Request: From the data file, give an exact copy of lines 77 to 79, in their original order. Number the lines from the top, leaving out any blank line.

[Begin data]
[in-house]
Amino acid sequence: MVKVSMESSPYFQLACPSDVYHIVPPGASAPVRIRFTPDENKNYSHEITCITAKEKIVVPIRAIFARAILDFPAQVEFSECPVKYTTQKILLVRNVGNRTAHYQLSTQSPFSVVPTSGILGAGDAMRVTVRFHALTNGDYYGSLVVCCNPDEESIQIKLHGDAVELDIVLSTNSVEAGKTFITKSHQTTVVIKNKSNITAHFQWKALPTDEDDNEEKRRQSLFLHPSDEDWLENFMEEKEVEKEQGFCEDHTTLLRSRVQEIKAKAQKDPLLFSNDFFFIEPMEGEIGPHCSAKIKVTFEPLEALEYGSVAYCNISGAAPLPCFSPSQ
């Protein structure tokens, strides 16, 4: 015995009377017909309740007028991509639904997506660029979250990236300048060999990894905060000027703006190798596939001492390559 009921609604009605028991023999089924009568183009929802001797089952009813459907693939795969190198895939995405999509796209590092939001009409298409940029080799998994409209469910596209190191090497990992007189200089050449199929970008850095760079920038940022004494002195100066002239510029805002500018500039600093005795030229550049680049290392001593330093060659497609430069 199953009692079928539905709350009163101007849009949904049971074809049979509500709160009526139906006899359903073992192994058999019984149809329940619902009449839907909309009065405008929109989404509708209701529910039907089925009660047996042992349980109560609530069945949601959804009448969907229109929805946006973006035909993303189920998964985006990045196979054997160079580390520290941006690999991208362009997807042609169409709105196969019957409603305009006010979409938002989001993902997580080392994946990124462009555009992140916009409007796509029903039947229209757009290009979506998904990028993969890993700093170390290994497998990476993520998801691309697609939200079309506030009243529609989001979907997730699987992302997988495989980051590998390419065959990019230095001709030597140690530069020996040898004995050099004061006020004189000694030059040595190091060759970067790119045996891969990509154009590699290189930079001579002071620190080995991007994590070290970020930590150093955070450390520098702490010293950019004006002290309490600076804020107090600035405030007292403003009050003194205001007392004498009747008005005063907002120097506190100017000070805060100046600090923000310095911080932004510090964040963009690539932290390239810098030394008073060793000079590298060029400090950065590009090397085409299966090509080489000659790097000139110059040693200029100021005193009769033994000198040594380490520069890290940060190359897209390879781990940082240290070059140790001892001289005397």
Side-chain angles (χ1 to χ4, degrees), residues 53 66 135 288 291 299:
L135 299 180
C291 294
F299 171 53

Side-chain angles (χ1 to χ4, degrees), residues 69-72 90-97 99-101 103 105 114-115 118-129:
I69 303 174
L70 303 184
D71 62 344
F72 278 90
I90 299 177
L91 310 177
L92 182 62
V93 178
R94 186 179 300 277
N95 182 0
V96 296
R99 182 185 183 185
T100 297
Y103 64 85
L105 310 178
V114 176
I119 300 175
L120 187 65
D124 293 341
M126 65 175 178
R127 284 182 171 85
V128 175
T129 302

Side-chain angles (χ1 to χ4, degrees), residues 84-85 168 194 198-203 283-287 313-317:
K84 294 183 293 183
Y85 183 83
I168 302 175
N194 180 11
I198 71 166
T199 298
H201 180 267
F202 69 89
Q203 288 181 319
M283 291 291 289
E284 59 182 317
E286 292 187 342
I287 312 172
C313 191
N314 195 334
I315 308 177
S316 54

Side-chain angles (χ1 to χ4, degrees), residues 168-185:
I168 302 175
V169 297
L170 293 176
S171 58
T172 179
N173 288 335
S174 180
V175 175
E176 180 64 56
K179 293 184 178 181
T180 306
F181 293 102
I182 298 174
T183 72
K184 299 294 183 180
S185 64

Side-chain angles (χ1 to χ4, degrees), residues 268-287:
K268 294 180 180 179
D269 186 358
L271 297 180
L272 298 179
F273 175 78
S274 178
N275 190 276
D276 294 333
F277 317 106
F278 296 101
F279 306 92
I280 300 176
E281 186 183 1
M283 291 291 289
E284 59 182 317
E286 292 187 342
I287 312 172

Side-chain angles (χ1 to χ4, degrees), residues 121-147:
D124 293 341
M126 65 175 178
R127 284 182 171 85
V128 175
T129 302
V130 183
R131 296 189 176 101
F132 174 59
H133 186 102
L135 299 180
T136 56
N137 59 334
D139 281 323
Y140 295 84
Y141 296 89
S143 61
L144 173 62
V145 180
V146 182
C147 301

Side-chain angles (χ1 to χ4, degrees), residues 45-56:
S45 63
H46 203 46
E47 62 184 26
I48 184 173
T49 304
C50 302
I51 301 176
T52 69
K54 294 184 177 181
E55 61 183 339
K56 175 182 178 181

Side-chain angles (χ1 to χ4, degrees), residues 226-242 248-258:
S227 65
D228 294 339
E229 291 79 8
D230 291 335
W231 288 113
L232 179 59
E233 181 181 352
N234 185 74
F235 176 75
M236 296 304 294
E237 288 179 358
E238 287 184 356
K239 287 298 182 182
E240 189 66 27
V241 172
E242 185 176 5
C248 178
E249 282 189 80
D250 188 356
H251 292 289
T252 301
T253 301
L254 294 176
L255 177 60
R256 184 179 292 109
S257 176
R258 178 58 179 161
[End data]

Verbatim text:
F278 296 101
F279 306 92
I280 300 176